Due May 18
NISHGA by Jordan Abel
As a Nisga’a writer, Jordan Abel often finds himself in a position where he is asked to explain his relationship to Nisga’a language, Nisga’a community, and Nisga’a cultural knowledge. However, as an intergenerational survivor of residential school–both of his grandparents attended the same residential school–his relationship to his own Indigenous identity is complicated to say the least.
NISHGA explores those complications and is invested in understanding how the colonial violence originating at the Coqualeetza Indian Residential School impacted his grandparents’ generation, then his father’s generation, and ultimately his own. The project is rooted in a desire to illuminate the realities of intergenerational survivors of residential school, but sheds light on Indigenous experiences that may not seem to be immediately (or inherently) Indigenous.
Due May 18
A Ghost in the Throat by Doireann Ni Ghriofa
On discovering her murdered husband’s body, an eighteenth-century Irish noblewoman drinks handfuls of his blood and composes an extraordinary lament. Eibhlín Dubh Ní Chonaill’s poem travels through the centuries, finding its way to a new mother who has narrowly avoided her own fatal tragedy. When she realizes that the literature dedicated to the poem reduces Eibhlín Dubh’s life to flimsy sketches, she wants more: the details of the poet’s girlhood and old age; her unique rages, joys, sorrows, and desires; the shape of her days and site of her final place of rest. What follows is an adventure in which Doireann Ní Ghríofa sets out to discover Eibhlín Dubh’s erased life—and in doing so, discovers her own.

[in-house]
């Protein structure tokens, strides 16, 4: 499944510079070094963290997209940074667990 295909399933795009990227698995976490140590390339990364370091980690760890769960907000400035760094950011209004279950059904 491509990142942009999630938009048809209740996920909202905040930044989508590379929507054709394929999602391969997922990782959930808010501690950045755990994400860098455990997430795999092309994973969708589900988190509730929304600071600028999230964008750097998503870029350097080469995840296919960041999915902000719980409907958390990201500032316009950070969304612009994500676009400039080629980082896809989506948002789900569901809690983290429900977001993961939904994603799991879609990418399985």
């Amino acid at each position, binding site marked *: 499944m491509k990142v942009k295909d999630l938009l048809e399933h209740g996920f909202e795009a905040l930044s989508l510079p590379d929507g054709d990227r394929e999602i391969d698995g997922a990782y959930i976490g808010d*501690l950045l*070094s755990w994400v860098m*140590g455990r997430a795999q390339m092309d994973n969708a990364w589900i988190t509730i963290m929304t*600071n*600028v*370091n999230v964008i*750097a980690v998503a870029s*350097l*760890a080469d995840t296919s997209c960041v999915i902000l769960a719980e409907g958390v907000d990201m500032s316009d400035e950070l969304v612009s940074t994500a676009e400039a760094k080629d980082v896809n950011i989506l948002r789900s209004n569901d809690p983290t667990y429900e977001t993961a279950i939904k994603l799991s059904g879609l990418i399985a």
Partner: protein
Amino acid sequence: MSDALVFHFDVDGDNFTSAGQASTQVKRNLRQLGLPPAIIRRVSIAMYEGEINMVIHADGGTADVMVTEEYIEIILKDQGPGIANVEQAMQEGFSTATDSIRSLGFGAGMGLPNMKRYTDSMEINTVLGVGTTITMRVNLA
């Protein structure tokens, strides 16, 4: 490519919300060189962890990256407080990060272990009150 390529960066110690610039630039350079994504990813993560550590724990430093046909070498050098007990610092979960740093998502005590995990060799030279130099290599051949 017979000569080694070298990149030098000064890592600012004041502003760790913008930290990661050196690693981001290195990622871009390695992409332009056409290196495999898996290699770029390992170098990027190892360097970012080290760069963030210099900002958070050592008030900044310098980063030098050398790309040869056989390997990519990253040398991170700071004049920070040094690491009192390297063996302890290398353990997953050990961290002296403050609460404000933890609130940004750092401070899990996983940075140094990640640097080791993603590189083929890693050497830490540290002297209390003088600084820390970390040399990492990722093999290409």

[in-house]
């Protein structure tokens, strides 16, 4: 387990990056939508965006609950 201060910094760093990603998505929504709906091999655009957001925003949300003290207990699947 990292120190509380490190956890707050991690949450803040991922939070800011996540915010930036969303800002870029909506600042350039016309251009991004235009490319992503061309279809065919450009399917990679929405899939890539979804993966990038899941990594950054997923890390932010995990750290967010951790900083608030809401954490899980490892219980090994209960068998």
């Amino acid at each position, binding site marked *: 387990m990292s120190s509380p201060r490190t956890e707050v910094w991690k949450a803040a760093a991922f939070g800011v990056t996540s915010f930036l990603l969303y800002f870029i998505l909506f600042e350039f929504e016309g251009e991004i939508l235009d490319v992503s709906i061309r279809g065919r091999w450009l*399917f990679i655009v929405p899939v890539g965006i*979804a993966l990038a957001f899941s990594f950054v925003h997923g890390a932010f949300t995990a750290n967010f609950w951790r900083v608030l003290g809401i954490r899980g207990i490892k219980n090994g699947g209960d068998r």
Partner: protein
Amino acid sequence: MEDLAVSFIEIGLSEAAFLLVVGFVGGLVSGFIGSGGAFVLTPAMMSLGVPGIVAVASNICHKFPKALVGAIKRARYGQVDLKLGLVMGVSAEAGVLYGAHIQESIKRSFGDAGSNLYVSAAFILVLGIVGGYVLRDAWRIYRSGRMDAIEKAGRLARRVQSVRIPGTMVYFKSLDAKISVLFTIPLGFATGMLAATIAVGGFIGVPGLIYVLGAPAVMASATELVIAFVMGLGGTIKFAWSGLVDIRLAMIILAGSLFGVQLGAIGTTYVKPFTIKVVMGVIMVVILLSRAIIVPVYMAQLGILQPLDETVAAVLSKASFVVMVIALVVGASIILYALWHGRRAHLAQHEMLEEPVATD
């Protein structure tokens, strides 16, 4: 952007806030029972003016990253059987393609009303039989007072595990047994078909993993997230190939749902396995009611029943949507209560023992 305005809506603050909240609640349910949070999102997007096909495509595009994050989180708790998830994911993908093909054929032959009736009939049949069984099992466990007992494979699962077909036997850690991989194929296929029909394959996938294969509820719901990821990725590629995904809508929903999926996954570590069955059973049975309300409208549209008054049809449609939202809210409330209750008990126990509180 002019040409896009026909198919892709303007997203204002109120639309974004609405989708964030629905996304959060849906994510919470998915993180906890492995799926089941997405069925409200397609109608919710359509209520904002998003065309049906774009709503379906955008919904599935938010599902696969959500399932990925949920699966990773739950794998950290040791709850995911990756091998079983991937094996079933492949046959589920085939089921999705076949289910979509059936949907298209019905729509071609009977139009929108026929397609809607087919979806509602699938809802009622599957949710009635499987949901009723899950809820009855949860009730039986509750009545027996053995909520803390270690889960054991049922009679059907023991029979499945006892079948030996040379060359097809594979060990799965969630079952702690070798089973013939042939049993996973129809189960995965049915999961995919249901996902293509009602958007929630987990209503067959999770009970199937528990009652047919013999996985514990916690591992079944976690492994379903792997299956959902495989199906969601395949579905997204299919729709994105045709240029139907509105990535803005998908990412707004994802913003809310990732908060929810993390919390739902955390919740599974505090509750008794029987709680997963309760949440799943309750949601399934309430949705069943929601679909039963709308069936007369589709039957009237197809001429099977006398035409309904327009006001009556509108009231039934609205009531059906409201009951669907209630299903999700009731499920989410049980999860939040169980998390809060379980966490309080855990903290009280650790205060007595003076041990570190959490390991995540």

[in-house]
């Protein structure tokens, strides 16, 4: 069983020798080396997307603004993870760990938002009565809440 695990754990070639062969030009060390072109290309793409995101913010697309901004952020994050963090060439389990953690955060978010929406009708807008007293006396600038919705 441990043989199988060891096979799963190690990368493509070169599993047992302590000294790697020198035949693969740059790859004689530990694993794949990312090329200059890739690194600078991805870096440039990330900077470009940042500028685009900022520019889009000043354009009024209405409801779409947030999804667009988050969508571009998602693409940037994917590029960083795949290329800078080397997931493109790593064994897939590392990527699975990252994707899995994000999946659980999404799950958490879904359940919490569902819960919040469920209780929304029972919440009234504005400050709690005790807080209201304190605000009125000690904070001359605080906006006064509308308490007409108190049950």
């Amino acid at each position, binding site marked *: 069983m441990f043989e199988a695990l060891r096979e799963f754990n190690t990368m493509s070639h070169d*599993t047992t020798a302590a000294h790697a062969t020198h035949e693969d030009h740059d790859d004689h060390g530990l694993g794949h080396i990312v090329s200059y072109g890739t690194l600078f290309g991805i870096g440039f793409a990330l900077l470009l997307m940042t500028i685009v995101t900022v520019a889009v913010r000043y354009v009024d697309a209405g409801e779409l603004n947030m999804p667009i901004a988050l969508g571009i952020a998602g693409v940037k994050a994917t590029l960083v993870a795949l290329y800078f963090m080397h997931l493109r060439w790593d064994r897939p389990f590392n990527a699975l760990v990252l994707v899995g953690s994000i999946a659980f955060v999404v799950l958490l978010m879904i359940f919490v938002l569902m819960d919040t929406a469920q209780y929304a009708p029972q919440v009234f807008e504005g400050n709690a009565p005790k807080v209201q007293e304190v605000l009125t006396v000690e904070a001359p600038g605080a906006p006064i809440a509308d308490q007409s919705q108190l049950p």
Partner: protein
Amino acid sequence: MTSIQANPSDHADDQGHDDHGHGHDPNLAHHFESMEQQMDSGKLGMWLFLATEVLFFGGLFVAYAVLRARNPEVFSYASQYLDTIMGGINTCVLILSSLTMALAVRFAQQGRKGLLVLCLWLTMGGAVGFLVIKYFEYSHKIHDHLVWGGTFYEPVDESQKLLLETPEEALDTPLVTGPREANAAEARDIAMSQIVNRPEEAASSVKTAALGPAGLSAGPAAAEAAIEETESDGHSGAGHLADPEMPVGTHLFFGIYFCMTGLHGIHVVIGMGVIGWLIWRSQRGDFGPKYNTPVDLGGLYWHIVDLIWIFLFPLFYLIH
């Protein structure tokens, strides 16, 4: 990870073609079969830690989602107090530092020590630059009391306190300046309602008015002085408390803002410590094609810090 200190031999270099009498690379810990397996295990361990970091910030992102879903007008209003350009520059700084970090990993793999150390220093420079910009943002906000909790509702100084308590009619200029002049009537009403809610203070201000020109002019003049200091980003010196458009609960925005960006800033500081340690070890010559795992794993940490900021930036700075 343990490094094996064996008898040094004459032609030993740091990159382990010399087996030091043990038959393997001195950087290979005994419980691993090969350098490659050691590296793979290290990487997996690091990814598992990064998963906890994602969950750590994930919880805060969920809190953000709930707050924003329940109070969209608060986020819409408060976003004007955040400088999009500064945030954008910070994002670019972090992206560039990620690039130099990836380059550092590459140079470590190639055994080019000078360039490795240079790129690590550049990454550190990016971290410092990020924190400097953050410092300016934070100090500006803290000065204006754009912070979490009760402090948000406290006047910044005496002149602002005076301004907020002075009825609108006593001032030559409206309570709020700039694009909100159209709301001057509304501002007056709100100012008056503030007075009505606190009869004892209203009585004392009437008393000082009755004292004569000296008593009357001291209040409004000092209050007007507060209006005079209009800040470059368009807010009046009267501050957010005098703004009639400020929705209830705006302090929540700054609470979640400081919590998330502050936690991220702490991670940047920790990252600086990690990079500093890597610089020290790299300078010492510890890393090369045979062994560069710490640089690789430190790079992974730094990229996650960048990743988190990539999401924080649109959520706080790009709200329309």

Moving fluidly between past and present, quest and elegy, poetry and those who make it, A Ghost in the Throat is a shapeshifting book: a record of literary obsession; a narrative about the erasure of a people, of a language, of women; a meditation on motherhood and on translation; and an unforgettable story about finding your voice by freeing another’s.
Due June 1
Erase and Rewind by Meghan Bell
An assault survivor realizes she can rewind time and relives the experience in order to erase it. A teen athlete wonders why she isn’t more afraid of death when the plane carrying her team catches fire. The daughter of a superhero ruminates on how her father neglected his children to pursue his heroics. Two shut-in depressives form a bond on Twitter while a deadly virus wipes out most of the population of North America.
The stories in Erase and Rewind probe the complexities of living as a woman in a skewed society. Told from the perspective of various female protagonists, they pick at rape culture, sexism in the workplace, uneven romantic and platonic relationships, and the impact of trauma under late-stage capitalism. Quirky, intelligent and darkly comic, Meghan Bell’s debut collection is a highwire balance of levity and gravity, finding the extraordinary in common experiences.